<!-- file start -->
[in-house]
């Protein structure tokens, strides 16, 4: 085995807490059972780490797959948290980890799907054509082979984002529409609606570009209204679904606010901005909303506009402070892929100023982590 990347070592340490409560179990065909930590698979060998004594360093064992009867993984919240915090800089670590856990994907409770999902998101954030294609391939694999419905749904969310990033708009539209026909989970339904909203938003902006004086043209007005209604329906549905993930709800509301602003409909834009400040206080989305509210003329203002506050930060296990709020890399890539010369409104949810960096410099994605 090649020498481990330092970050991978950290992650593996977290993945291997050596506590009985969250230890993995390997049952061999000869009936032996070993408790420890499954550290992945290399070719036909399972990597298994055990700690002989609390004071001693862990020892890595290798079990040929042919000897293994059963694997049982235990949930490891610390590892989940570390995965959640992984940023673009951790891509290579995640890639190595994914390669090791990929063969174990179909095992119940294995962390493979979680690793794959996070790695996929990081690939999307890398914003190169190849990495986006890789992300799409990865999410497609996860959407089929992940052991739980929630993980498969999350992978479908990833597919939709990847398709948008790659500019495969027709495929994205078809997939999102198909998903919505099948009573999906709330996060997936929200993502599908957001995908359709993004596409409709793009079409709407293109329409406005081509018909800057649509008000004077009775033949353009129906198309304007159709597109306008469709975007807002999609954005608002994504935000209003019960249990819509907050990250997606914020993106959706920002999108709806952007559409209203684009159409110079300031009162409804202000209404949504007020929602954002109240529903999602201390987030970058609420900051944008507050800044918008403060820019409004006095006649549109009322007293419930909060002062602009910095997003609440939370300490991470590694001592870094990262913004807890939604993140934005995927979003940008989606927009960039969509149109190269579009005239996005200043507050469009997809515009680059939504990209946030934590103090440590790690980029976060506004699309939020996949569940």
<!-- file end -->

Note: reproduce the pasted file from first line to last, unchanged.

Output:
[in-house]
């Protein structure tokens, strides 16, 4: 085995807490059972780490797959948290980890799907054509082979984002529409609606570009209204679904606010901005909303506009402070892929100023982590 990347070592340490409560179990065909930590698979060998004594360093064992009867993984919240915090800089670590856990994907409770999902998101954030294609391939694999419905749904969310990033708009539209026909989970339904909203938003902006004086043209007005209604329906549905993930709800509301602003409909834009400040206080989305509210003329203002506050930060296990709020890399890539010369409104949810960096410099994605 090649020498481990330092970050991978950290992650593996977290993945291997050596506590009985969250230890993995390997049952061999000869009936032996070993408790420890499954550290992945290399070719036909399972990597298994055990700690002989609390004071001693862990020892890595290798079990040929042919000897293994059963694997049982235990949930490891610390590892989940570390995965959640992984940023673009951790891509290579995640890639190595994914390669090791990929063969174990179909095992119940294995962390493979979680690793794959996070790695996929990081690939999307890398914003190169190849990495986006890789992300799409990865999410497609996860959407089929992940052991739980929630993980498969999350992978479908990833597919939709990847398709948008790659500019495969027709495929994205078809997939999102198909998903919505099948009573999906709330996060997936929200993502599908957001995908359709993004596409409709793009079409709407293109329409406005081509018909800057649509008000004077009775033949353009129906198309304007159709597109306008469709975007807002999609954005608002994504935000209003019960249990819509907050990250997606914020993106959706920002999108709806952007559409209203684009159409110079300031009162409804202000209404949504007020929602954002109240529903999602201390987030970058609420900051944008507050800044918008403060820019409004006095006649549109009322007293419930909060002062602009910095997003609440939370300490991470590694001592870094990262913004807890939604993140934005995927979003940008989606927009960039969509149109190269579009005239996005200043507050469009997809515009680059939504990209946030934590103090440590790690980029976060506004699309939020996949569940």